You could call an adaptive data center future-proof. It is a data center able to match the changing needs of its clients – a data center that can quickly and efficiently deliver new capacity and quickly and efficiently add capacity to existing deployments. (Efficiently is an operative word – meaning, without stranding capacity or requiring footprint reconfigurations or cooling add-ons.)

Delivering net new capacity quickly

Overcoming the challenge of delivering capacity quickly is all about mitigating risk – mitigating the risk of not being able to meet the needs of the business. “Delivering new capacity fast” means delivering multi-megawatts of provisioned capacity in less than 12 weeks. We do that by combining highly scalable, factory-built components with pre-provisioned capacity on site.

Bringing capacity online quickly requires a reliable data center partner that will deliver. That is a data center partner who is easy to work with – from initial discussions about requirements all the way through to day-to-day operations. At Aligned Energy, our experienced teams are solution-oriented and geared towards speed-to-delivery.

Scaling up and out

Responding to changing needs also means quickly and efficiently adding capacity to existing deployments. That requires the ability to scale up (increase power density) and out (increase the footprint) without stranding capacity. Our factory-built, incrementally scalable infrastructure allows clients to increase capacity vertically and horizontally as needed, when needed, without operational disruption.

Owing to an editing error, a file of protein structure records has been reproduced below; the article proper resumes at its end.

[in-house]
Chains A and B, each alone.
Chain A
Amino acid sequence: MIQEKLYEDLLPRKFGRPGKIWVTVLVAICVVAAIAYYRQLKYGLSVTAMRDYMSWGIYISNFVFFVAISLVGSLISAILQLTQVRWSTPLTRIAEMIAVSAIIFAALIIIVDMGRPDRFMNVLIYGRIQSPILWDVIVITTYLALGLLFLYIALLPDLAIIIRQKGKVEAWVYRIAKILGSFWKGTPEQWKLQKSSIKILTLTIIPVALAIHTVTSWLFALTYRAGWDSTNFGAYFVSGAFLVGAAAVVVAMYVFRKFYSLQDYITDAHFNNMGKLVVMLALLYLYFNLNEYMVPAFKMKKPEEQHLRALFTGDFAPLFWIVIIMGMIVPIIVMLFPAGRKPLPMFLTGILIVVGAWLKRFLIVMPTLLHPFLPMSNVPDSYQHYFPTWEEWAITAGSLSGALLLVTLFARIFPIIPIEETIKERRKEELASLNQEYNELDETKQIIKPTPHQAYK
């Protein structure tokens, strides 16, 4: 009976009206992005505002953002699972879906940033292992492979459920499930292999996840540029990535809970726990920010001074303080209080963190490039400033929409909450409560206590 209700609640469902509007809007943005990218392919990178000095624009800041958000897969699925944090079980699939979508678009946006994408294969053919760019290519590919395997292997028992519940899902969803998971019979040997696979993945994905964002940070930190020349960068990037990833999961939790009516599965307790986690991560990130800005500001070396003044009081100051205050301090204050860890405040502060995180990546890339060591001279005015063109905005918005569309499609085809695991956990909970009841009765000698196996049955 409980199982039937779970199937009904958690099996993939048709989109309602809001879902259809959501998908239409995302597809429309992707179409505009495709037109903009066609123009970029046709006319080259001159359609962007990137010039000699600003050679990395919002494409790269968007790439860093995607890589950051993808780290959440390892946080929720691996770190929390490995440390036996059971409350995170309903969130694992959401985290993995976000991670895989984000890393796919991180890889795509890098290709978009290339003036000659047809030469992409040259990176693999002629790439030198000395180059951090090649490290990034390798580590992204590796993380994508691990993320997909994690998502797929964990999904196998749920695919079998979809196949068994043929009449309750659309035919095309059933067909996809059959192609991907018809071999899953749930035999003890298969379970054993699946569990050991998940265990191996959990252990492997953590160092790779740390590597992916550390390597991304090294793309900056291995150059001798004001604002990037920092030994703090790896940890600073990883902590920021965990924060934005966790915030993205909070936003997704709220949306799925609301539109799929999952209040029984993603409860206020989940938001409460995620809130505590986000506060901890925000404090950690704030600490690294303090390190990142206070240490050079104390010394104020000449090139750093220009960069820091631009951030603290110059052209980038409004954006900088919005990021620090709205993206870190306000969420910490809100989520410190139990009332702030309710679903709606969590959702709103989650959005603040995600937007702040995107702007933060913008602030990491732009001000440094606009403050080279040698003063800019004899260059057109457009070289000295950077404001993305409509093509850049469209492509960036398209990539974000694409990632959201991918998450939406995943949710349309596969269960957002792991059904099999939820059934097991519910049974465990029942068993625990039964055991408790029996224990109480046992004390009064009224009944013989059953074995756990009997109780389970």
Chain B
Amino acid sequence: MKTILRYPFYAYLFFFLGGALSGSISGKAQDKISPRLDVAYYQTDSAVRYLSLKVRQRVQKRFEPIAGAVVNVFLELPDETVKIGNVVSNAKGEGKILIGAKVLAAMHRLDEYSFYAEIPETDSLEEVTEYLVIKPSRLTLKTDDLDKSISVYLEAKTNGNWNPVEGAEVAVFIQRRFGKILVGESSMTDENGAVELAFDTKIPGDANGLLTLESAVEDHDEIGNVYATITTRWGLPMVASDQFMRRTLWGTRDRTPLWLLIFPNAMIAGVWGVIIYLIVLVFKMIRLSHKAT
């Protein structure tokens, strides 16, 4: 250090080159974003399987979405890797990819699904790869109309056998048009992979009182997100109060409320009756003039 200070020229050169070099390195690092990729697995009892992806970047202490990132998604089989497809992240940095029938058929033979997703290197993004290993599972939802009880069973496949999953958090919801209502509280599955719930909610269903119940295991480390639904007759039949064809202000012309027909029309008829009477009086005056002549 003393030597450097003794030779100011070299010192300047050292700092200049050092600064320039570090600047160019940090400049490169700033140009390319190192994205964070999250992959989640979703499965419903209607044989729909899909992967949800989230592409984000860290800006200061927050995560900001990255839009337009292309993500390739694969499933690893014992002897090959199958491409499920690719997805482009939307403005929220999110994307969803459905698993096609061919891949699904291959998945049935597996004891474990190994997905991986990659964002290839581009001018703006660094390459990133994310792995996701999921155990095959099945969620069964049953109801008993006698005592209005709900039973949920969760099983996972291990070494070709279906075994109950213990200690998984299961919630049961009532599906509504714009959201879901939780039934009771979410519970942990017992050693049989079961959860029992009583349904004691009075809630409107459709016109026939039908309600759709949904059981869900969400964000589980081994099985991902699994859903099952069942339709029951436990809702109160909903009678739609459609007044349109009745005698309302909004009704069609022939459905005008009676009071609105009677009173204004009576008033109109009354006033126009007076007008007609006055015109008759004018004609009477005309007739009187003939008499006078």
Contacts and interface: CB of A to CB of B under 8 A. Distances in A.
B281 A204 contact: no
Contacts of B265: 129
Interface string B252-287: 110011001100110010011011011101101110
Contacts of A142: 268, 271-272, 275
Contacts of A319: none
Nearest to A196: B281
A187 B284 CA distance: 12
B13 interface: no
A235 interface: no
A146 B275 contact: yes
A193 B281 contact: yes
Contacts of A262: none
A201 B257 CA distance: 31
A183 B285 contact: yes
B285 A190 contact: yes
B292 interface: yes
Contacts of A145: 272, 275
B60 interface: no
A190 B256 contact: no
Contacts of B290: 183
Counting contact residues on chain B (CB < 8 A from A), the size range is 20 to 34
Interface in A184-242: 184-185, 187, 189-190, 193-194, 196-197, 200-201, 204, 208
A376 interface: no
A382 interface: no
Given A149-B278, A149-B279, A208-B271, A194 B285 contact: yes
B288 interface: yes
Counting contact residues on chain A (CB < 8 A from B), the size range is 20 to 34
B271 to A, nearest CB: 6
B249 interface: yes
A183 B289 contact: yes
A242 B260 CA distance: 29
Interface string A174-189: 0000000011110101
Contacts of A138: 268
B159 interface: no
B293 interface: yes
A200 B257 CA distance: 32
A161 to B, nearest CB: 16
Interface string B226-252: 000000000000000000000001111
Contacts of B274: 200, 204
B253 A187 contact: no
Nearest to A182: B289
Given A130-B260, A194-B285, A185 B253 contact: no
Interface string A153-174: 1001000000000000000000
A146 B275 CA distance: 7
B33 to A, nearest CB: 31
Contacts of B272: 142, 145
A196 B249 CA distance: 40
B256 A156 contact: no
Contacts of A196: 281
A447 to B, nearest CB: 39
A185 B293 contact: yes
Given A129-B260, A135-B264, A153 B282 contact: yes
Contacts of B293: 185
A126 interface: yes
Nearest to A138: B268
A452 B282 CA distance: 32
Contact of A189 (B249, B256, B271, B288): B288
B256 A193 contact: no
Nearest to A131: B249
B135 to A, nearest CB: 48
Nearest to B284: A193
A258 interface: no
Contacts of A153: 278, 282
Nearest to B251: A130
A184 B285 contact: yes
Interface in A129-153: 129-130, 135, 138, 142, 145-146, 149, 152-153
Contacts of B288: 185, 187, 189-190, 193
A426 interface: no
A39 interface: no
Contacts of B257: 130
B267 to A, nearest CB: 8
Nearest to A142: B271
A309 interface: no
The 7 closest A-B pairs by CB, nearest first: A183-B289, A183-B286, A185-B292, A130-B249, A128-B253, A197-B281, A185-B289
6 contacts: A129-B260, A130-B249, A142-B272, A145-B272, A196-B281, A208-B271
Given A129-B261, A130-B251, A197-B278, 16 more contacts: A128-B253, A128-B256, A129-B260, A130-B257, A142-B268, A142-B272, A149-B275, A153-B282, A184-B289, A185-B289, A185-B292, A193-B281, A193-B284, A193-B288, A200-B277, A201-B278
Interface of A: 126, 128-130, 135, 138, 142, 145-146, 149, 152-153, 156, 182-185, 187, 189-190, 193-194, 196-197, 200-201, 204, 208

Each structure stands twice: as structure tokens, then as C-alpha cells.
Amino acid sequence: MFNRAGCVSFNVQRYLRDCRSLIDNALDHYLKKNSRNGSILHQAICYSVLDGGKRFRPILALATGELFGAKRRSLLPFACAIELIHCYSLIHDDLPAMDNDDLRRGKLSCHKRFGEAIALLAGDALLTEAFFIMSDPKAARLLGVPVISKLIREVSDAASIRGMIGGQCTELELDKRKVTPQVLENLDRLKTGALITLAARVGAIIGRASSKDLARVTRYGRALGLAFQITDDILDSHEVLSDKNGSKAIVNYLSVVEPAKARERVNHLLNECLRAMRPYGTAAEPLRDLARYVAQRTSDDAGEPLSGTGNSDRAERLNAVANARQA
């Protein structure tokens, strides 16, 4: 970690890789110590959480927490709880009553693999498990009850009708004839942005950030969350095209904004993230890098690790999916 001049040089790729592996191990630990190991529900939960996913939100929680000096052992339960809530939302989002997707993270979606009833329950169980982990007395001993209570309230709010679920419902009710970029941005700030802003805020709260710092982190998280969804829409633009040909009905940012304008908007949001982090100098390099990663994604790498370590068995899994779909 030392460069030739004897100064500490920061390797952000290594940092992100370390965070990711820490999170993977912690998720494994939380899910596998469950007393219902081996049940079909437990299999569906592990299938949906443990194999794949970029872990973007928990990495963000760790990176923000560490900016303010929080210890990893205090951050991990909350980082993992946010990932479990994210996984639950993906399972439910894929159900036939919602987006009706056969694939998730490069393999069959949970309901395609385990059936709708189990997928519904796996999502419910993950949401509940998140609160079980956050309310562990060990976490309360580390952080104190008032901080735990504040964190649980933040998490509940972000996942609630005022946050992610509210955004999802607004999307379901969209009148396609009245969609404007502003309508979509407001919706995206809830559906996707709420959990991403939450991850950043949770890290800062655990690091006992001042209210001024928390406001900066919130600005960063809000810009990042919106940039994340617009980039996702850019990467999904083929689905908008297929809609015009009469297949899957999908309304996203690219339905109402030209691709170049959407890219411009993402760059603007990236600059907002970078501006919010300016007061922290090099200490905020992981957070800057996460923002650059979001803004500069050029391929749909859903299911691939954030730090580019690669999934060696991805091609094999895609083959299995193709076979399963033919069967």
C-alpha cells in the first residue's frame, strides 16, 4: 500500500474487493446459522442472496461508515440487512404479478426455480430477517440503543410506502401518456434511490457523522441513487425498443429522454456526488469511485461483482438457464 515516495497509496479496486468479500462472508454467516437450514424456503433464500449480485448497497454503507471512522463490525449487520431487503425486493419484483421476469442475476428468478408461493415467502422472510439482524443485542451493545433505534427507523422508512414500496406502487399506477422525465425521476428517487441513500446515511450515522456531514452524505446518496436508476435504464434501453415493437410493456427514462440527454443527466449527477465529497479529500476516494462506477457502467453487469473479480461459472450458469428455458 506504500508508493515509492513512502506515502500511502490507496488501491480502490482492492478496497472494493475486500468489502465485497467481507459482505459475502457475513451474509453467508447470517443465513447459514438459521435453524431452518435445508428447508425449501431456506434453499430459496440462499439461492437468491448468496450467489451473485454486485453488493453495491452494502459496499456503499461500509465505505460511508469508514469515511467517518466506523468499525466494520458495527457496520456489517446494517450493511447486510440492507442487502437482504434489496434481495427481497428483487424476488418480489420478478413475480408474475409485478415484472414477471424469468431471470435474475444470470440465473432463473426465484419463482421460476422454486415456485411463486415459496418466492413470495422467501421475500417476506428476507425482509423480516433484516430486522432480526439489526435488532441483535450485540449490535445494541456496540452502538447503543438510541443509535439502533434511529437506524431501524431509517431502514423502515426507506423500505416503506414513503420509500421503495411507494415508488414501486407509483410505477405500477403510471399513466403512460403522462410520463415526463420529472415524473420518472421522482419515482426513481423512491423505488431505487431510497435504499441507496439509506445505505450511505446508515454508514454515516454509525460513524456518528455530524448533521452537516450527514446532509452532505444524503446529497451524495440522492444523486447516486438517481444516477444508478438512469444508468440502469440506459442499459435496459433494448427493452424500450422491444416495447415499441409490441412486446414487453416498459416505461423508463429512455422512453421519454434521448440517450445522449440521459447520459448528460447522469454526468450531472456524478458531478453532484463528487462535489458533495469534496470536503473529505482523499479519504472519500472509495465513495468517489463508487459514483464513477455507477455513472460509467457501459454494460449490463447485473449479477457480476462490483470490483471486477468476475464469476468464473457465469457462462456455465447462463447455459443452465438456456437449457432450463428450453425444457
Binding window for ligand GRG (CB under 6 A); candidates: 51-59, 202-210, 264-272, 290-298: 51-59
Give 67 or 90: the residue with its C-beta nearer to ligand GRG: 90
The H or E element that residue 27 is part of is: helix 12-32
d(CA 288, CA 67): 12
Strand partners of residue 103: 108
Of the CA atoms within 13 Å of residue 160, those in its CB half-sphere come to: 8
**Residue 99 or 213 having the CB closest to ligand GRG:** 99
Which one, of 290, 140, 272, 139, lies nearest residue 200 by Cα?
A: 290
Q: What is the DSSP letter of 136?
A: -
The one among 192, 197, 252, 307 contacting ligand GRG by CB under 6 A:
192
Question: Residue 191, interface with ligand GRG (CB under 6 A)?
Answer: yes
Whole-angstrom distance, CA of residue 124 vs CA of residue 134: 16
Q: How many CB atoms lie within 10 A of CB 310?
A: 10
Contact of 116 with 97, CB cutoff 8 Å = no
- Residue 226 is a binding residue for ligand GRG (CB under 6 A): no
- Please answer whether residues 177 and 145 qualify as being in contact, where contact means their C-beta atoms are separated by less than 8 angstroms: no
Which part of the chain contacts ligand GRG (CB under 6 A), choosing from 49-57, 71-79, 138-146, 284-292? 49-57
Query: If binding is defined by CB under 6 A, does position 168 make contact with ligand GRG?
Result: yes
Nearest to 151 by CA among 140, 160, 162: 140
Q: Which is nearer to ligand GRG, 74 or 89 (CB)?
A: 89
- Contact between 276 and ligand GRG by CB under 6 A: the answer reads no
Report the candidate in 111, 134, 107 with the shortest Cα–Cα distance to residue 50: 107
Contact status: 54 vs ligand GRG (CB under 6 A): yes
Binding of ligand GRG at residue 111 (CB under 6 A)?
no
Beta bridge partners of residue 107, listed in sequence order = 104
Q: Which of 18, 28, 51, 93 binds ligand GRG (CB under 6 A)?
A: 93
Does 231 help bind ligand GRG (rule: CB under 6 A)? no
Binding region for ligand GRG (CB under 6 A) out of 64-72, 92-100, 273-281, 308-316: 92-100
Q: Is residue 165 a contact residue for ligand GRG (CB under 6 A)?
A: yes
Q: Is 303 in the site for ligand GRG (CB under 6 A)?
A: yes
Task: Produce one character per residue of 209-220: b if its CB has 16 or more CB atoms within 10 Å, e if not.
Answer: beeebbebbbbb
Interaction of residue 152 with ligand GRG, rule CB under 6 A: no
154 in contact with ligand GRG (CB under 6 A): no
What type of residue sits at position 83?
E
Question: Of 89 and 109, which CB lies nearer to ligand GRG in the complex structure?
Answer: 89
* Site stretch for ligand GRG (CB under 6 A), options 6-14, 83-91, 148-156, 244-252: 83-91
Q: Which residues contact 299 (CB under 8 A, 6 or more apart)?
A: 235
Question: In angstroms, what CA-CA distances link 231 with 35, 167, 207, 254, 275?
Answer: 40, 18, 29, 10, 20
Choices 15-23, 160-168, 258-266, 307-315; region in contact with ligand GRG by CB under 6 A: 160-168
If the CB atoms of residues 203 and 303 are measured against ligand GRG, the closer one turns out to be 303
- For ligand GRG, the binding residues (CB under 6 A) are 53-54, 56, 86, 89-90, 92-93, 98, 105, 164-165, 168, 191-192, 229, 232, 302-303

Scaling up means increasing density in the existing footprint – and it should be possible to do without stranding capacity, reconfiguring the data center footprint, or adding on cooling technologies. Our cooling technology is adaptable to clients’ IT requirements – supporting standard and high power densities (1-50kW per rack) without add-ons or reconfigurations.

Stress-less capacity planning

Having a data center that can deliver capacity fast, scale up, and scale out takes the stress out of data center capacity planning. When a data center is designed to scale up and out, then future-proofing doesn’t require overprovisioning capacity to mitigate risk.

As I wrote in my first blog post as CEO of Aligned Energy, “Organizations are only as agile, fast, and visionary as their data centers. Cloud, colocation, or on-premises, the data center is the factory of the digital age. Success requires a data center partner who can deliver compute, storage, and network capacity nimbly and quickly and has a strategic vision for how to meet the capacity needs of tomorrow.”

That’s how you prepare for a future no one can imagine.

Andrew Schaap is CEO of Aligned Energy, an infrastructure technology company that offers colocation and build-to-scale solutions to cloud, enterprise, and service providers. 

About the Author

Voices of the Industry

Our Voice of the Industry feature showcases guest articles on thought leadership from sponsors of Data Center Frontier. For more information, see our Voices of the Industry description and guidelines.